The K7RA Solar Update
Solar activity retreated this week, with the average daily sunspot numbers off nearly 46 points -- about 35 percent -- to 83.1, while the average daily solar flux declined 18 points to 118.9. Sunspot numbers for September 6-12 were 112, 110, 70, 87, 62, 73 and 68, with a mean of 83.1. The 10.7 cm flux was 128, 133.4, 128.6, 123, 111.3, 105.1 and 102.6, with a mean of 118.9. The estimated planetary A indices were 11, 9, 8, 5, 4, 3 and 6, with a mean of 6.6. The estimated mid-latitude A indices were 12, 8, 7, 6, 4, 3, and 5, with a mean of 6.4.
Geomagnetic conditions were quieter, with the planetary and mid-latitude A index most days in the single digits. The average planetary A index declined from 14.1 to 6.6. The predicted daily solar flux is 100 on September 14-15, 95 on September 16-18, 98 on September 19, then 100, 95 and 100 on September 20-22, 110 on September 23-24, then 115, 125 and 130 on September 25-27, 140 on September 28 through October 1, 135 on October 2, and back down to 130 on October 3-5. The predicted planetary A index on September 14-17 is 7, 10, 15 and 10, then 5 on September 18-19, 8 on September 20-23, 5 on September 24-28, 10 on September 29, 5 on September 30 through October 2, 10 on October 3, and then 8 on October 4-5.
In VHF news, Rich Zwirko, K1HTV, of Amissville, Virginia, wrote to us on September 7, just before the ARRL VHF Contest last weekend: “I was pleasantly surprised to hear 6 meters open via trans-equatorial propagation to South America early Thursday evening, September 6. It started around 2240 and lasted about an hour at my FM18ap location in Virginia. In addition to working PY1RO, PY1NX and PY2XB on CW, I also heard, but did not work LU9EHF and PY1NS weakly on SSB. There is still some magic in the ‘Magic Band,’”.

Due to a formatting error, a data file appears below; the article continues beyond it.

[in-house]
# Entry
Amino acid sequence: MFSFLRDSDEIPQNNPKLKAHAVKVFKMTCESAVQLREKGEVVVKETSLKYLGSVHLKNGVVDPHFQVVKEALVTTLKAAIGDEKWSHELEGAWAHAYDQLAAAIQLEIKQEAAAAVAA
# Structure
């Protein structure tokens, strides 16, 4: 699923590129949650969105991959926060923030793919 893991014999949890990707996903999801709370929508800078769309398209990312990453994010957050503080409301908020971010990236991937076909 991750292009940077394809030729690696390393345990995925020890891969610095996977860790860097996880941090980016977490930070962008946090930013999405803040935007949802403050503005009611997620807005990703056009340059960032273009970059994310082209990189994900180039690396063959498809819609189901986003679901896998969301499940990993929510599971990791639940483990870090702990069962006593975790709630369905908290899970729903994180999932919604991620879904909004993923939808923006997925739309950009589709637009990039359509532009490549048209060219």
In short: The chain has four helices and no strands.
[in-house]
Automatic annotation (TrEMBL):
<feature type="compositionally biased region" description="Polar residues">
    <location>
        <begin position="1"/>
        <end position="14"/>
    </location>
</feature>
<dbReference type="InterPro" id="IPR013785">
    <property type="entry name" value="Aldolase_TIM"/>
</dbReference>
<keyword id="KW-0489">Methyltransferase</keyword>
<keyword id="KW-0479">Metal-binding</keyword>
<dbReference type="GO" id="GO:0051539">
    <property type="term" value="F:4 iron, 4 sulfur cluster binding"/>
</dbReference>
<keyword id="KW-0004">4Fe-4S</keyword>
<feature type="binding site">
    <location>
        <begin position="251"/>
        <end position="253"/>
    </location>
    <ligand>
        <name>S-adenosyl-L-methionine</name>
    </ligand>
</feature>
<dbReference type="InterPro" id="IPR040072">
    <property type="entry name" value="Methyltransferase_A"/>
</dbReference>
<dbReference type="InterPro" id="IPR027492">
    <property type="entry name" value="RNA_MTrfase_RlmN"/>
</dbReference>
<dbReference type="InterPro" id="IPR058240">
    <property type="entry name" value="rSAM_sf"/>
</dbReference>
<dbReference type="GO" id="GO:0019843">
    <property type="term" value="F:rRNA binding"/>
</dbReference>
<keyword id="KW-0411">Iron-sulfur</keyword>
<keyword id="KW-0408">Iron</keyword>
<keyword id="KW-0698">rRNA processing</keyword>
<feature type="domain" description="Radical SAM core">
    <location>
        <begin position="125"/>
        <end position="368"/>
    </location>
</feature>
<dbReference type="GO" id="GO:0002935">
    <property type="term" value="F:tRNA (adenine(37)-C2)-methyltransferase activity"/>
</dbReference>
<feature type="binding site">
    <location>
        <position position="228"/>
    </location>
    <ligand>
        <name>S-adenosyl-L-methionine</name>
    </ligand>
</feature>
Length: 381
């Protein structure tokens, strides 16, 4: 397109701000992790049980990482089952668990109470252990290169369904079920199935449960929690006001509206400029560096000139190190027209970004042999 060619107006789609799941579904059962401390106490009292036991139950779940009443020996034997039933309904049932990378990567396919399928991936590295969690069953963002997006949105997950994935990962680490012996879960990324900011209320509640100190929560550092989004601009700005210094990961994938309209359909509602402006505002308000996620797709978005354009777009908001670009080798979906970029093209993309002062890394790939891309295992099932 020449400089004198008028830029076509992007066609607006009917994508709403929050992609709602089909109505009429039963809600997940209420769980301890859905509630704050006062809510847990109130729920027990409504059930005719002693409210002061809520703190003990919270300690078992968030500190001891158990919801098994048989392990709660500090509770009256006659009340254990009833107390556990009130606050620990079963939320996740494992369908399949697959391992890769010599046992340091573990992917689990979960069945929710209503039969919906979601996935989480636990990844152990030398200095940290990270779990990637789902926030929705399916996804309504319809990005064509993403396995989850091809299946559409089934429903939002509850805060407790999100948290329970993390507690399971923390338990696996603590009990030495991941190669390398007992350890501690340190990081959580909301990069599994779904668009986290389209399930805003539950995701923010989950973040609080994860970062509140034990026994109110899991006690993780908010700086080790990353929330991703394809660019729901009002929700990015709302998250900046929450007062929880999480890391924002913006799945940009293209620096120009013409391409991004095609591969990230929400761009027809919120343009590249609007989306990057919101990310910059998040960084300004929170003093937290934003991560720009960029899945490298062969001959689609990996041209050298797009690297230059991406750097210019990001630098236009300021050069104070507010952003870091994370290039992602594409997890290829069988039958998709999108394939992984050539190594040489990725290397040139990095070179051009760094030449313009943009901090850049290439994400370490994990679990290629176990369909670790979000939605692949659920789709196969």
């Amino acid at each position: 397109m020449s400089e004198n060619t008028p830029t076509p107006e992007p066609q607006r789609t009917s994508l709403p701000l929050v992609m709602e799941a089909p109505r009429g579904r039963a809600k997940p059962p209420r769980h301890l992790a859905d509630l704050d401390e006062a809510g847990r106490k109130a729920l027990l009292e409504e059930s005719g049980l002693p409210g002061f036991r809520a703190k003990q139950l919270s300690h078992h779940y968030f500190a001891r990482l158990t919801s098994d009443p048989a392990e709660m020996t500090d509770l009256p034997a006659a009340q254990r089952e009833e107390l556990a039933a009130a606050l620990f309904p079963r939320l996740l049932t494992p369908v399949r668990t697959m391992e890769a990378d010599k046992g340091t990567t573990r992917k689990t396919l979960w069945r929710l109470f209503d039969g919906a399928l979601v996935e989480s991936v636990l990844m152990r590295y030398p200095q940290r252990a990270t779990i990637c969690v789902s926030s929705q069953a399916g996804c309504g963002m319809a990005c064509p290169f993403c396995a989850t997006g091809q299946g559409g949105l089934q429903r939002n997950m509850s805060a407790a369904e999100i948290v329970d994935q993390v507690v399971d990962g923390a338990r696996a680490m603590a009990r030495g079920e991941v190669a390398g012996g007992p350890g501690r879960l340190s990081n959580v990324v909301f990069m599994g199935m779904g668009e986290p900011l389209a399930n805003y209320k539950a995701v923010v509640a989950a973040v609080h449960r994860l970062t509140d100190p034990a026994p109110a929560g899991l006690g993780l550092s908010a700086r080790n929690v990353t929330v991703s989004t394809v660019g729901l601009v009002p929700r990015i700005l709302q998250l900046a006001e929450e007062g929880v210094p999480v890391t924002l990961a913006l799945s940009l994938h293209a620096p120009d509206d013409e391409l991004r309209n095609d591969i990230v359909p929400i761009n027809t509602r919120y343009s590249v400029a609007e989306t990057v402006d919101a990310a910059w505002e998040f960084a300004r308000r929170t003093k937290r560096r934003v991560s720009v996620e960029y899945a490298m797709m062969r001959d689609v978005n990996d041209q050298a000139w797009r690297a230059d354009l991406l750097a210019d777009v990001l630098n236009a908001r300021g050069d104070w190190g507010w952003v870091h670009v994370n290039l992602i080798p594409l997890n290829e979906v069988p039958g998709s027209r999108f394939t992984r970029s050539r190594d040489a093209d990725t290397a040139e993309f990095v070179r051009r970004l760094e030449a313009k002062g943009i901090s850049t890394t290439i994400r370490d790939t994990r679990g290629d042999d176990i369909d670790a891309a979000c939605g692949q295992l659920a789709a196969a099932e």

Trans-Equatorial Propagation, or TEP, is a special kind of propagation across the equator. A good description of TEP comes from the Australian Government Radio and Space Weather Services.
Just before we put this bulletin to bed, K1HTV sent this: “Here is some additional info: During last weekend’s ARRL VHF contest, I heard three stations in Brazil on 6 meters. I worked PY5EW on SSB and PY2XB on CW. I also heard PY1RO weakly on SSB, but couldn’t work him. The 50 MHz TEP path between place in Virginia and the Brazilian stations started around 0005 on September 10 and lasted about 1 hour. Unfortunately, no other South American stations were heard. About 24 hours earlier in the contest, starting around 0000 on the September 9, we had a 90 minute E-s opening to W5 land, working stations in Oklahoma, Mississippi, Louisiana and Texas. Again, between 1330 and 1500 Sunday, there was a 6 meter E-s opening from here to Florida.”
Rich hopes for a double-peaked Solar Cycle 24, and that the solar activity will be enough to send the MUF on many paths above 50 MHz. Of course, in that case, instead of just Sporadic-E, we would see conventional F-layer ionospheric propagation.
John Jones, N0JK, of Lawrence, Kansas wrote: “The jump in solar activity coupled with some Sporadic-E on 6 meters created opportunities for some great propagation in the ARRL September VHF QSO Party (September 8-10). Both Saturday and Sunday had extended openings from New England, the Mid-Atlantic, Gulf Coast, Arizona and California to South America and the South Pacific. On Sunday, KA9CFD in EN40 spotted PY2XB at 0054 UTC September 10. And what may have been direct F2 from Florida to Ecuador Sunday occurred that afternoon. There was some E-s on Saturday evening from Kansas to Georgia, when W3GMT in EM92, WA4NJP in EM84 and W4IMD in EM84 were loud around 0035 UTC September 8.”